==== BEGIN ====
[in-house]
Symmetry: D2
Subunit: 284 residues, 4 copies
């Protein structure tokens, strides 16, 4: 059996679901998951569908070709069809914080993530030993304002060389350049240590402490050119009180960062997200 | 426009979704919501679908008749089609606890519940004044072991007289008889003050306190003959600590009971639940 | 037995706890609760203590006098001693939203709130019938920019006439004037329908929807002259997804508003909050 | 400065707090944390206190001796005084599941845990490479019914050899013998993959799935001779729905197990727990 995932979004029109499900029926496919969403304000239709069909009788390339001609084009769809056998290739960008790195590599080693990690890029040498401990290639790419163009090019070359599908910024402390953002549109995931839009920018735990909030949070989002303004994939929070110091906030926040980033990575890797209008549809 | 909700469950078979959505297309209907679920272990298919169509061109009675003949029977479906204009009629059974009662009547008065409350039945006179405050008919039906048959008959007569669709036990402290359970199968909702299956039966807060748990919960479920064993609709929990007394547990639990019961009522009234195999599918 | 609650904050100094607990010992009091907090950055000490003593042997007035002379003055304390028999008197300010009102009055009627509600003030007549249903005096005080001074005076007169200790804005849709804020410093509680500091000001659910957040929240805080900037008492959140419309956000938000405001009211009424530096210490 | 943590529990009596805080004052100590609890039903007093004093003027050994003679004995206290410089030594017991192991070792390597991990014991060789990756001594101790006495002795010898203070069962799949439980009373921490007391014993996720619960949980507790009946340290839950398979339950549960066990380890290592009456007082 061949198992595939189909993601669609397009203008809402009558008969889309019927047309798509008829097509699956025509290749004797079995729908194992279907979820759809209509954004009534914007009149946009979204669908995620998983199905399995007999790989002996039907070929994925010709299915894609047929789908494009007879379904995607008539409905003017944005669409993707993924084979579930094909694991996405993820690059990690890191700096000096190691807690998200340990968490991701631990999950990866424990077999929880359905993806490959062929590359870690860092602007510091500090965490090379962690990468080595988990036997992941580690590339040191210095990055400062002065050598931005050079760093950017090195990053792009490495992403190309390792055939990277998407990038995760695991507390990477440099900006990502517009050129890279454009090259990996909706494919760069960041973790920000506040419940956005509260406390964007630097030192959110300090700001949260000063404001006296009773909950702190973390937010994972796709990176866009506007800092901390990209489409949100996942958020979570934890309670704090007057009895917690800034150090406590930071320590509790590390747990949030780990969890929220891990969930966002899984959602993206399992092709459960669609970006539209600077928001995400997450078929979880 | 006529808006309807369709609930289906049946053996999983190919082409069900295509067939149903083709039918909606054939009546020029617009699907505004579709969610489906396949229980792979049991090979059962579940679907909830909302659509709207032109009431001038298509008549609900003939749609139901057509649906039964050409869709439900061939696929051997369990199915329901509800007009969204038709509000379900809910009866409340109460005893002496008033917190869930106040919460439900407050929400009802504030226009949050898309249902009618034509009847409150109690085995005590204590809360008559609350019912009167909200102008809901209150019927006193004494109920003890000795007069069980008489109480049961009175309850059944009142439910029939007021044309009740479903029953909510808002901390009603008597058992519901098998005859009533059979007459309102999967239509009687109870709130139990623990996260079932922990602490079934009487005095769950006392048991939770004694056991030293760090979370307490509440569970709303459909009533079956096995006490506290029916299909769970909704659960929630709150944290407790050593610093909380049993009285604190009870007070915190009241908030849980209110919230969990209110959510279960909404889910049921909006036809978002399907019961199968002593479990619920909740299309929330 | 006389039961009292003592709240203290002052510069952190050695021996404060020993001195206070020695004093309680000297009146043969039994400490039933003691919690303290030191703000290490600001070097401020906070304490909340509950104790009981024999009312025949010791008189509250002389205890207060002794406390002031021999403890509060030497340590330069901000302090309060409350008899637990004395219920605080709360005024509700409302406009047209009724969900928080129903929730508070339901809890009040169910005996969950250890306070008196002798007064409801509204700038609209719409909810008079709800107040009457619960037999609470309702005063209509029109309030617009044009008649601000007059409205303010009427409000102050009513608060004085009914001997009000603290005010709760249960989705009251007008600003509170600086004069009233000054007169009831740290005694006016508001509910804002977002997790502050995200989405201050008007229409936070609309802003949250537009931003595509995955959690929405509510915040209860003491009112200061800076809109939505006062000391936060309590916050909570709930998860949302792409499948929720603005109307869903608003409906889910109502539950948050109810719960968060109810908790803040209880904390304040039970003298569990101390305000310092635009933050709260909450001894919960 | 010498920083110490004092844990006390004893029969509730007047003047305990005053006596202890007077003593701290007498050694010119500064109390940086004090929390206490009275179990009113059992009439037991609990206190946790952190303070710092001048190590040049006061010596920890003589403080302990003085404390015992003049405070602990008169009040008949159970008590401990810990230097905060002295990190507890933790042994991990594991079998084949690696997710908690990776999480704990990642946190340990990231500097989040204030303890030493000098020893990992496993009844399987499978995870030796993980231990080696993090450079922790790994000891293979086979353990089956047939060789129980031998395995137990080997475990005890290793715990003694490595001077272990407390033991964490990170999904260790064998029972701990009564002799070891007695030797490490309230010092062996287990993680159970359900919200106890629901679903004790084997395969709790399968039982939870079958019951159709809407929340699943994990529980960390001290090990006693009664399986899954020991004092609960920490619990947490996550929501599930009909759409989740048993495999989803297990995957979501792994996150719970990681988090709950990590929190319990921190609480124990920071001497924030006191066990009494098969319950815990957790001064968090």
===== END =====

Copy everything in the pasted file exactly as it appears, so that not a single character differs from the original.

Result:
[in-house]
Symmetry: D2
Subunit: 284 residues, 4 copies
């Protein structure tokens, strides 16, 4: 059996679901998951569908070709069809914080993530030993304002060389350049240590402490050119009180960062997200 | 426009979704919501679908008749089609606890519940004044072991007289008889003050306190003959600590009971639940 | 037995706890609760203590006098001693939203709130019938920019006439004037329908929807002259997804508003909050 | 400065707090944390206190001796005084599941845990490479019914050899013998993959799935001779729905197990727990 995932979004029109499900029926496919969403304000239709069909009788390339001609084009769809056998290739960008790195590599080693990690890029040498401990290639790419163009090019070359599908910024402390953002549109995931839009920018735990909030949070989002303004994939929070110091906030926040980033990575890797209008549809 | 909700469950078979959505297309209907679920272990298919169509061109009675003949029977479906204009009629059974009662009547008065409350039945006179405050008919039906048959008959007569669709036990402290359970199968909702299956039966807060748990919960479920064993609709929990007394547990639990019961009522009234195999599918 | 609650904050100094607990010992009091907090950055000490003593042997007035002379003055304390028999008197300010009102009055009627509600003030007549249903005096005080001074005076007169200790804005849709804020410093509680500091000001659910957040929240805080900037008492959140419309956000938000405001009211009424530096210490 | 943590529990009596805080004052100590609890039903007093004093003027050994003679004995206290410089030594017991192991070792390597991990014991060789990756001594101790006495002795010898203070069962799949439980009373921490007391014993996720619960949980507790009946340290839950398979339950549960066990380890290592009456007082 061949198992595939189909993601669609397009203008809402009558008969889309019927047309798509008829097509699956025509290749004797079995729908194992279907979820759809209509954004009534914007009149946009979204669908995620998983199905399995007999790989002996039907070929994925010709299915894609047929789908494009007879379904995607008539409905003017944005669409993707993924084979579930094909694991996405993820690059990690890191700096000096190691807690998200340990968490991701631990999950990866424990077999929880359905993806490959062929590359870690860092602007510091500090965490090379962690990468080595988990036997992941580690590339040191210095990055400062002065050598931005050079760093950017090195990053792009490495992403190309390792055939990277998407990038995760695991507390990477440099900006990502517009050129890279454009090259990996909706494919760069960041973790920000506040419940956005509260406390964007630097030192959110300090700001949260000063404001006296009773909950702190973390937010994972796709990176866009506007800092901390990209489409949100996942958020979570934890309670704090007057009895917690800034150090406590930071320590509790590390747990949030780990969890929220891990969930966002899984959602993206399992092709459960669609970006539209600077928001995400997450078929979880 | 006529808006309807369709609930289906049946053996999983190919082409069900295509067939149903083709039918909606054939009546020029617009699907505004579709969610489906396949229980792979049991090979059962579940679907909830909302659509709207032109009431001038298509008549609900003939749609139901057509649906039964050409869709439900061939696929051997369990199915329901509800007009969204038709509000379900809910009866409340109460005893002496008033917190869930106040919460439900407050929400009802504030226009949050898309249902009618034509009847409150109690085995005590204590809360008559609350019912009167909200102008809901209150019927006193004494109920003890000795007069069980008489109480049961009175309850059944009142439910029939007021044309009740479903029953909510808002901390009603008597058992519901098998005859009533059979007459309102999967239509009687109870709130139990623990996260079932922990602490079934009487005095769950006392048991939770004694056991030293760090979370307490509440569970709303459909009533079956096995006490506290029916299909769970909704659960929630709150944290407790050593610093909380049993009285604190009870007070915190009241908030849980209110919230969990209110959510279960909404889910049921909006036809978002399907019961199968002593479990619920909740299309929330 | 006389039961009292003592709240203290002052510069952190050695021996404060020993001195206070020695004093309680000297009146043969039994400490039933003691919690303290030191703000290490600001070097401020906070304490909340509950104790009981024999009312025949010791008189509250002389205890207060002794406390002031021999403890509060030497340590330069901000302090309060409350008899637990004395219920605080709360005024509700409302406009047209009724969900928080129903929730508070339901809890009040169910005996969950250890306070008196002798007064409801509204700038609209719409909810008079709800107040009457619960037999609470309702005063209509029109309030617009044009008649601000007059409205303010009427409000102050009513608060004085009914001997009000603290005010709760249960989705009251007008600003509170600086004069009233000054007169009831740290005694006016508001509910804002977002997790502050995200989405201050008007229409936070609309802003949250537009931003595509995955959690929405509510915040209860003491009112200061800076809109939505006062000391936060309590916050909570709930998860949302792409499948929720603005109307869903608003409906889910109502539950948050109810719960968060109810908790803040209880904390304040039970003298569990101390305000310092635009933050709260909450001894919960 | 010498920083110490004092844990006390004893029969509730007047003047305990005053006596202890007077003593701290007498050694010119500064109390940086004090929390206490009275179990009113059992009439037991609990206190946790952190303070710092001048190590040049006061010596920890003589403080302990003085404390015992003049405070602990008169009040008949159970008590401990810990230097905060002295990190507890933790042994991990594991079998084949690696997710908690990776999480704990990642946190340990990231500097989040204030303890030493000098020893990992496993009844399987499978995870030796993980231990080696993090450079922790790994000891293979086979353990089956047939060789129980031998395995137990080997475990005890290793715990003694490595001077272990407390033991964490990170999904260790064998029972701990009564002799070891007695030797490490309230010092062996287990993680159970359900919200106890629901679903004790084997395969709790399968039982939870079958019951159709809407929340699943994990529980960390001290090990006693009664399986899954020991004092609960920490619990947490996550929501599930009909759409989740048993495999989803297990995957979501792994996150719970990681988090709950990590929190319990921190609480124990920071001497924030006191066990009494098969319950815990957790001064968090």